Two years ago today, President Joe Biden signed the Infrastructure Investment and Jobs Act, more commonly known as the Bipartisan Infrastructure Law (BIL), into law.
The legislation allocated $1.2 trillion in funding over the next decade, including $550 billion in new spending. This funding went toward infrastructure — like rebuilding the United States’ roads, public transit, airports, bridges and rail — as well as internet access, clean water, electric grid renewal and other projects aimed at confronting the climate crisis.
As of Oct. 31, 2023, the White House has announced $3.2 billion in BIL funding for Utah for more than 200 projects. This money includes $2.1 billion for transportation, $577 million for water projects and $317 million for high-speed internet access.
Utah Sen. Mitt Romney negotiated the Senate’s version of the legislation with a bipartisan group of lawmakers back in 2021.
“This is legislation which represents a historic investment that delivers for Utah — without raising taxes and adding to the national debt,” Romney said in a statement at the time.
Romney promised $3 billion for Utah’s roads and highways back in 2021, almost a billion dollars more than what the state has secured to date.
The Republican senator also said the BIL would authorize $219 million for Utah’s water revolving funds over five years. To date, Utah’s Clean Water State Revolving Fund has received $21.5 million.
So far, Utah’s $3.2 billion in BIL funding trails behind many of its neighbors.
Take a look at what BIL funding has accomplished in Utah so far, from sprawling statewide projects to impactful local initiatives.
Utah secured $1.7 billion for improving its roads and bridges, the largest amount of BIL funding for any sector in the state,
The state has also received $253 million for public transit improvements.
From 2021 to 2026, approximately $665 million total of BIL funding will be allocated to improving public transportation across Utah, where the White House reports that 21% of the state’s transit vehicles are outdated.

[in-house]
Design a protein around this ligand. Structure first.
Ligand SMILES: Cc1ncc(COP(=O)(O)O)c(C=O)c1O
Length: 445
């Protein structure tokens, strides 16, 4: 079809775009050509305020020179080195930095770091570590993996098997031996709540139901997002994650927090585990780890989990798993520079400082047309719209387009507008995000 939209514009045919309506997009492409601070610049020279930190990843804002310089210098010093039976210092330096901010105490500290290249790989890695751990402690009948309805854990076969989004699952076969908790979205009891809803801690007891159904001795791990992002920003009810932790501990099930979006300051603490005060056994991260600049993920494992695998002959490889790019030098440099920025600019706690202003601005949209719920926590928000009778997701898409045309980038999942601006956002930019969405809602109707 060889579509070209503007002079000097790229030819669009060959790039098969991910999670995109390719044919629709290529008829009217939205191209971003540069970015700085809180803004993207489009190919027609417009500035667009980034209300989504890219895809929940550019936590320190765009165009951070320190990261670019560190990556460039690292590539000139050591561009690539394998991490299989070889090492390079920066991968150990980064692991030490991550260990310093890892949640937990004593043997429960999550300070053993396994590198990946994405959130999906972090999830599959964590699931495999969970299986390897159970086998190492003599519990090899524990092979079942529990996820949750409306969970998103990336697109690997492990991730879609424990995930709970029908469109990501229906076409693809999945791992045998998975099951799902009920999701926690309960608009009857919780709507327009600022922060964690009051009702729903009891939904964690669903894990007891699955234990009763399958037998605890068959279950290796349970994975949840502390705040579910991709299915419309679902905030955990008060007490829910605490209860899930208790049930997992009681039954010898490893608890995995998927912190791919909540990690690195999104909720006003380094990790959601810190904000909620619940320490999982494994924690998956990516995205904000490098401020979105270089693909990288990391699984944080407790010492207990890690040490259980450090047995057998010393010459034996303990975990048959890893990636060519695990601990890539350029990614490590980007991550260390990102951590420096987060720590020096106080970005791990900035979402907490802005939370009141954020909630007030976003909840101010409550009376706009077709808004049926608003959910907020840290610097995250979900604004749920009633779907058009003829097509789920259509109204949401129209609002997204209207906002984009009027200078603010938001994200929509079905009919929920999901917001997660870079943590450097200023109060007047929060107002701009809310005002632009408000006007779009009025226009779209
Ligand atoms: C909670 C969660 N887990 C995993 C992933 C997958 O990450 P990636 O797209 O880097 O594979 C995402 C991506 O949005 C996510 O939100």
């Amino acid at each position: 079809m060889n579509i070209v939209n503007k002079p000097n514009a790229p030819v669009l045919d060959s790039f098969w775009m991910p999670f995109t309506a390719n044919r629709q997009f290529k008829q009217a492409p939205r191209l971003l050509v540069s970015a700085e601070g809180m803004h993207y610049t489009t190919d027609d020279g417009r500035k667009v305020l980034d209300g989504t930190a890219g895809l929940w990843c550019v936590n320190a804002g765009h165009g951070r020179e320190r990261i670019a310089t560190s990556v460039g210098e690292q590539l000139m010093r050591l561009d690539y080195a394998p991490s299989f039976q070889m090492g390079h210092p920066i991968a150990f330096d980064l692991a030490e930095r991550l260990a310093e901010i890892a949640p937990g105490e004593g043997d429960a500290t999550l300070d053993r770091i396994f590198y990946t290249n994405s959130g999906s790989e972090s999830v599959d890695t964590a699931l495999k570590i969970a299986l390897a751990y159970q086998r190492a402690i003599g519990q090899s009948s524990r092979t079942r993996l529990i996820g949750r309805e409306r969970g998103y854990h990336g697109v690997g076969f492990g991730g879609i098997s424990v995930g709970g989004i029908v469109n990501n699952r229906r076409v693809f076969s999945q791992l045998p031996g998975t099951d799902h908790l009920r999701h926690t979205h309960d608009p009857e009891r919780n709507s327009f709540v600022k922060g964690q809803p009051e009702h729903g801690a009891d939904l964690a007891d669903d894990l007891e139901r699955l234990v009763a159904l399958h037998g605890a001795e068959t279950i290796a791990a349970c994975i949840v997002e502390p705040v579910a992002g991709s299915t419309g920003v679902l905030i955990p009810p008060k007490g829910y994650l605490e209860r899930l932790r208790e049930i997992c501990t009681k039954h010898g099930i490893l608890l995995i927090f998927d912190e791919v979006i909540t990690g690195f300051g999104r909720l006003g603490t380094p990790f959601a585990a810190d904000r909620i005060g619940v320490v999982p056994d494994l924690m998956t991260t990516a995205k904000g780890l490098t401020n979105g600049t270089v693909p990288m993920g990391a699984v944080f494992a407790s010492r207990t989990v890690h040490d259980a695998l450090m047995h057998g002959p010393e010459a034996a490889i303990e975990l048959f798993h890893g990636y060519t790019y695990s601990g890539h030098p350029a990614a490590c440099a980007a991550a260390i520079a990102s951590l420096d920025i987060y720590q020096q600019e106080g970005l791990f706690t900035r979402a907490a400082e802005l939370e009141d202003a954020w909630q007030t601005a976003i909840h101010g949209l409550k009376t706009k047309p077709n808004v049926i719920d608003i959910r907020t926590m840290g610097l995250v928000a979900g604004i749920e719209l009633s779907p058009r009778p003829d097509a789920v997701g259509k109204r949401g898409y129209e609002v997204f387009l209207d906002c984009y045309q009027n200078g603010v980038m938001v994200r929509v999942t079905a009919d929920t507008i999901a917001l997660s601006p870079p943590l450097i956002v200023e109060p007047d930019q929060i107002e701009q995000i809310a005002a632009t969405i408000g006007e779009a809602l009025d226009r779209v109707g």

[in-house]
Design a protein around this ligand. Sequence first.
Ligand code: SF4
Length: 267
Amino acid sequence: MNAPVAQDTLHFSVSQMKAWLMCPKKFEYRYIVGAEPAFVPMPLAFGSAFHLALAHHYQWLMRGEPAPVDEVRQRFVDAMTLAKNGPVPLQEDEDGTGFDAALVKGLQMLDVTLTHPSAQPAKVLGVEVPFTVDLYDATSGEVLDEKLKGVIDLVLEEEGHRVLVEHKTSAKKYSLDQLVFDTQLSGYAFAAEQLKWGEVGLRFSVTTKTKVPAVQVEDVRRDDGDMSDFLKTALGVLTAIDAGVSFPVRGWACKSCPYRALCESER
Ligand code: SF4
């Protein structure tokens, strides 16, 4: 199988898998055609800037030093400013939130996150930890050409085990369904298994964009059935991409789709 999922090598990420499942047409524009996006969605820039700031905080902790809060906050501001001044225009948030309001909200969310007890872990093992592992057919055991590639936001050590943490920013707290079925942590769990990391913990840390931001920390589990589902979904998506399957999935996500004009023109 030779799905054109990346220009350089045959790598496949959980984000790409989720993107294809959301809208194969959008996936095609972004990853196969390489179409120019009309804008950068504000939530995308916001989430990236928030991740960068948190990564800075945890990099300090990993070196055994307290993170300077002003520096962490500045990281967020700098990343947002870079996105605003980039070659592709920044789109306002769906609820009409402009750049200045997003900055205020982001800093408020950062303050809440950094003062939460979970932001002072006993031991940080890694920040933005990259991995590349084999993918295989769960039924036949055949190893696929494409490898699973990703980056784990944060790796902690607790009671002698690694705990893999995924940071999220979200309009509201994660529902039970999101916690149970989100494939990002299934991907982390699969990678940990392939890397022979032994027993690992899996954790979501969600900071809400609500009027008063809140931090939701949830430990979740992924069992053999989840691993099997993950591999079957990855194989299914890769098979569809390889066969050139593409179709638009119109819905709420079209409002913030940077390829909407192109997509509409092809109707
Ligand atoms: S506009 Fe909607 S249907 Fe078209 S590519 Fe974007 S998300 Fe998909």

$101 million in funding for Utah’s airports, including $29 million for the Salt Lake City International Airport, which helped fund the construction of 16 new gates and the updating of old facilities
$60 million for the Utah Transit Authority to purchase 20 new light rail vehicles to replace older, outdated vehicles, which will improve safety and accessibility
$25 million for the State Route 224 Battery Electric Bus and Bus Rapid Transit Project, which will add bus lanes exclusively for transit vehicles between Kimball Junction and Park City, from the Department of Transportation
$20.8 million for updating and constructing electric vehicle chargers across Utah
$17 million for the Utah Transit Authority to purchase natural gas-powered buses on routes that serve disadvantaged communities from the Department of Transportation
The same analysis shows that Utah’s national parks have been awarded $4.2 million in BIL funding to date.
$3.6 million for projects in Zion National Park, like the Virgin River Fish Passage Initiative, which works to restore the upper watershed of the Virgin River for fish migration
$1.3 million for Glen Canyon National Recreation Area and the Bureau of Land Management’s Moab Field Office to plug orphaned oil and gas wells
$495,000 for the Canyonlands National Park Orphaned Wells Project
$110,000 for Glen Canyon National Recreation Area
The White House has touted the Bipartisan Infrastructure Law as providing the largest investment in remediating legacy pollution, like unplugged and orphaned wells, in the country’s history.
Utah has received $31.8 million for cleaning up this kind of pollution.
$11 million total for plugging abandoned oil and gas wells
The federal government has announced $577 million in BIL funding for making Utah’s water safer and cleaner, as well as for improving the state’s water infrastructure.
$133 million from the Environmental Protection Agency, including $21.5 million for updating water, wastewater and stormwater infrastructure, $57 million for lead pipe and service line replacement and $39 million for investing in drinking water improvements
Approximately $200,000 for investments in Utah’s ports and waterways
Utah has been awarded $51.9 million in BIL funding for energy projects so far.
$63 million for strengthening the power grid to reduce power outages
$21.7 million for weatherization, which is the process of protecting buildings from weather conditions, thereby improving energy efficiency
$6.1 million for reducing fossil fuel emissions and improving energy efficiency through the Energy Efficiency and Conservation Block Grant Program
$5 million for projects that improve energy efficiency, energy conservation and renewable energy across the state through the State Energy Program, run by the Utah Geological Survey and the U.S. Department of Energy
This funding will go toward increasing internet access across the state. The White House reports that more than 41,500 homes and businesses in Utah do not have access to reliable, high-speed internet.
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